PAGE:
The day two educational sessions wrapped up with an Indianapolis host chapter event . CSO Architects Inc. was kind enough to open up their offices for our group to have appetizers, beer and wine.  This was just another opportunity to meet more people from different disciplines, make new contacts and share stories and ideas.

Dinner followed the host chapter event with an invitation to dine with the esteemed Mr. David Proudfit, our incoming President-Elect Mr. Lane Beougher, Mr. Randal Reifsnider and my buddy Mr. Andy McIntyre.   Hmm, after this dinner, I think I know why they call them the Great Lakes Region Cartel.  I am trying to get them to let me join!

But, in all honesty, the crowning moment came on the morning of the last day before the final sessions began. At long last, after much CSIKraken pressure, begging, pleading and threats – We finally got Mr. Greg Markling and Mr. Sal Verrastro to sign up on Twitter.  They said it couldn’t be done!  I beg to differ.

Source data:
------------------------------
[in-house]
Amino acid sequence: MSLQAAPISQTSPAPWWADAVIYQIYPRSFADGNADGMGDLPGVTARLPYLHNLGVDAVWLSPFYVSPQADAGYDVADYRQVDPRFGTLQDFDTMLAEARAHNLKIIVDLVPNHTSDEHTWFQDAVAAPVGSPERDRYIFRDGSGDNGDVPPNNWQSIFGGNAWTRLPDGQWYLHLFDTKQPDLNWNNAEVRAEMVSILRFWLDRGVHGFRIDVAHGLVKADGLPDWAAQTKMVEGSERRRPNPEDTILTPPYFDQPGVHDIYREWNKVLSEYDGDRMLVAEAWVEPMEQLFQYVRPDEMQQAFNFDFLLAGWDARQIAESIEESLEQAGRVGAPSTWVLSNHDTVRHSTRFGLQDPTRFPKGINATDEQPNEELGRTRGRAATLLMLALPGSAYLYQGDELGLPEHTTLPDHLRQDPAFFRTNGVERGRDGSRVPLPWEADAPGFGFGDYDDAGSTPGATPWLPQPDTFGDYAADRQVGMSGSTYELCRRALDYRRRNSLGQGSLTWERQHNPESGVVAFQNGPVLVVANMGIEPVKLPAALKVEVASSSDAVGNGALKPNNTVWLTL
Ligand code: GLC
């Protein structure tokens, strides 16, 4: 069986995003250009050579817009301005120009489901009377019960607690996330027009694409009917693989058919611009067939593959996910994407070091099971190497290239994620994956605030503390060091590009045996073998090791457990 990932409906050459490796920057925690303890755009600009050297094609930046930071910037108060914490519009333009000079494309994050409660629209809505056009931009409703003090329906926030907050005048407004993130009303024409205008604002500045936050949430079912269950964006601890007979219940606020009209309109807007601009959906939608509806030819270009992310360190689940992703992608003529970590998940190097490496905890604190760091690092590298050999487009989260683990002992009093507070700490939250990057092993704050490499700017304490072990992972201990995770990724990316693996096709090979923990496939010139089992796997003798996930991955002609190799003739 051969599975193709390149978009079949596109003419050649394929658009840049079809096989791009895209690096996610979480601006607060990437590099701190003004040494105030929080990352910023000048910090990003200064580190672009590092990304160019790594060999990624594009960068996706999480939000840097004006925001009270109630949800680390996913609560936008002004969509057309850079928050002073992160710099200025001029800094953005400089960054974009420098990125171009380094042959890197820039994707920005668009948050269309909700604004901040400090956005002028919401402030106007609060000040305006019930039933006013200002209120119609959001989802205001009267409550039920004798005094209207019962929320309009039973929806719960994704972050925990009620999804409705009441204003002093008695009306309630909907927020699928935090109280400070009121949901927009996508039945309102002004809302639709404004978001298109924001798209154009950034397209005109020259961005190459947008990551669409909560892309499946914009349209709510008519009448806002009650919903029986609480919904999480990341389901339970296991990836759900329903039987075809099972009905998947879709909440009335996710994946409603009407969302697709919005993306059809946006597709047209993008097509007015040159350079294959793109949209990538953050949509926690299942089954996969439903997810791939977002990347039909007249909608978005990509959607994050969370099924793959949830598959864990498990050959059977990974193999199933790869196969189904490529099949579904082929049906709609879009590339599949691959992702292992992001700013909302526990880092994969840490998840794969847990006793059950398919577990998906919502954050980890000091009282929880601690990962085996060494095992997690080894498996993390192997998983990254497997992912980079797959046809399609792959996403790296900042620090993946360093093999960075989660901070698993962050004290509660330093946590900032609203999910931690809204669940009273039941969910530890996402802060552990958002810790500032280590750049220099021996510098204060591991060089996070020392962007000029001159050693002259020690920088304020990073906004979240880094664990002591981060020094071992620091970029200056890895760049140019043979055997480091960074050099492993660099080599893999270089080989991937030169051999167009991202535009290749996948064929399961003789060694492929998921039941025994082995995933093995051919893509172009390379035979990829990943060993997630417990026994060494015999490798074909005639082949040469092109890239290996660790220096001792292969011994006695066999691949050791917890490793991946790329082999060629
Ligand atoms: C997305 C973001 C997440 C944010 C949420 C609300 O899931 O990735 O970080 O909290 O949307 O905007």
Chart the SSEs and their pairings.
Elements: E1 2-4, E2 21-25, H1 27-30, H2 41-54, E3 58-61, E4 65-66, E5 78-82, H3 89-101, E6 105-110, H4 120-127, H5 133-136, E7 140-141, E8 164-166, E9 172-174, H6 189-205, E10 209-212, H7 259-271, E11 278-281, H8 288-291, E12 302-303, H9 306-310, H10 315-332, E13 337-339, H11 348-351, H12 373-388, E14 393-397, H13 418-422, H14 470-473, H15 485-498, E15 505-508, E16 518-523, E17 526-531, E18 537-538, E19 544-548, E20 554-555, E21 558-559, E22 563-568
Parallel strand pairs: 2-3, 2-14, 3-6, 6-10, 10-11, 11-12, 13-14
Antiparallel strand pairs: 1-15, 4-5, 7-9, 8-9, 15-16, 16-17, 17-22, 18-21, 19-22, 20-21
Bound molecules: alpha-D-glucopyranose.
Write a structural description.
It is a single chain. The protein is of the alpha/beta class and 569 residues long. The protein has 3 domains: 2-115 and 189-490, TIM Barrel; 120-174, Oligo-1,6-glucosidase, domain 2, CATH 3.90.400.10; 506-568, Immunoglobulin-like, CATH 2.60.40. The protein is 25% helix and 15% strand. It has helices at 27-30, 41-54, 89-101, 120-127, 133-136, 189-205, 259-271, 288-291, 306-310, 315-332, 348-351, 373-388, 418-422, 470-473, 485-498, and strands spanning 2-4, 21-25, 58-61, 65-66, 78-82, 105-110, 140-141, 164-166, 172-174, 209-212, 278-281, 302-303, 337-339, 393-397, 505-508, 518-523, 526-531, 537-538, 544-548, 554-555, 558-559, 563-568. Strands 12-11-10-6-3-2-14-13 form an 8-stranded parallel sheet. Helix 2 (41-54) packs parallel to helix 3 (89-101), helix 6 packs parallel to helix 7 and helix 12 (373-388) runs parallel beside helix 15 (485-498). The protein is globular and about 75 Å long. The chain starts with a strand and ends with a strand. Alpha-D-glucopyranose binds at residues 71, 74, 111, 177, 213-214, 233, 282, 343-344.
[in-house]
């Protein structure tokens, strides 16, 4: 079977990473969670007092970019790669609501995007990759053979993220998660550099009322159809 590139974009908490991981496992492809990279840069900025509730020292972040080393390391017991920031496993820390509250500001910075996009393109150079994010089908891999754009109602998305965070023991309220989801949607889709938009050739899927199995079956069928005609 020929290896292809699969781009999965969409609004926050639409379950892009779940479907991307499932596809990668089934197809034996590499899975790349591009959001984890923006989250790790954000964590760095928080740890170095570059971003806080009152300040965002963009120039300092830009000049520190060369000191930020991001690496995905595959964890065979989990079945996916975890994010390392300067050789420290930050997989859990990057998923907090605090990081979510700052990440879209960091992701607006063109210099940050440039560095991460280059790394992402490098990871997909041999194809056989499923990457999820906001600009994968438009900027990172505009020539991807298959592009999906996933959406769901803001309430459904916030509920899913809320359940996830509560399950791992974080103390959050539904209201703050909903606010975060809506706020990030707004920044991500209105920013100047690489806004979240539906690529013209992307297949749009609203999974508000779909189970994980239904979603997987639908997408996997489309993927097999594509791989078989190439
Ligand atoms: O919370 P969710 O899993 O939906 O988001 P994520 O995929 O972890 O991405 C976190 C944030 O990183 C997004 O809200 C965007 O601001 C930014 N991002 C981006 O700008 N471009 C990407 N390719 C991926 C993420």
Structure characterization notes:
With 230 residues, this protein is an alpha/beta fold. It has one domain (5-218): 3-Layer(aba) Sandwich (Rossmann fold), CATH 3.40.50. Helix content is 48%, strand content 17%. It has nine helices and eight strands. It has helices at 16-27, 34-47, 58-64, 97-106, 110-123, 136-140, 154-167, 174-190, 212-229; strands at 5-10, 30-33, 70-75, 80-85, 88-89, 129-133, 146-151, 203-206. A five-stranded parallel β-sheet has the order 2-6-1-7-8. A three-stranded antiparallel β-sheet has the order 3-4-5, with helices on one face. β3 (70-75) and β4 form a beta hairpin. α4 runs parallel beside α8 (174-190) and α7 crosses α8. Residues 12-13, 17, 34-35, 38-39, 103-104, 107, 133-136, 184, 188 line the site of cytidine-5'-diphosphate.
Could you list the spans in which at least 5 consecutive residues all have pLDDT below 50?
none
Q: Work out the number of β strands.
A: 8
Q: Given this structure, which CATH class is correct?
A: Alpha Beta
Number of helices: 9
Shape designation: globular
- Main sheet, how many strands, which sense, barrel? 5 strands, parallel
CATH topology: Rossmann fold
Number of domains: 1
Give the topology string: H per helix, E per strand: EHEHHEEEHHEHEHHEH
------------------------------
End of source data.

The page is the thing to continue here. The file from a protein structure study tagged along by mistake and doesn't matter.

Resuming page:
CSI Members were tweeting like crazy at the Academies and sharing the valuable information with our members across the country.

CSI Members are so dedicated that our very own Mr. Eric Lussier, who could not make it to the Academies this year, was still actively participating and compiling the tweets under both the #CSIAcademies and #CSIKraken hashtags so we could all see and benefit from them in one place. If you were just following tweets, you would have thought he was there.  This is just the kind of people that make up CSI. To get a running monologue of comments, pictures, events, learning and all the fun – check out Eric’s consolidated record of all of the tweets from the event here: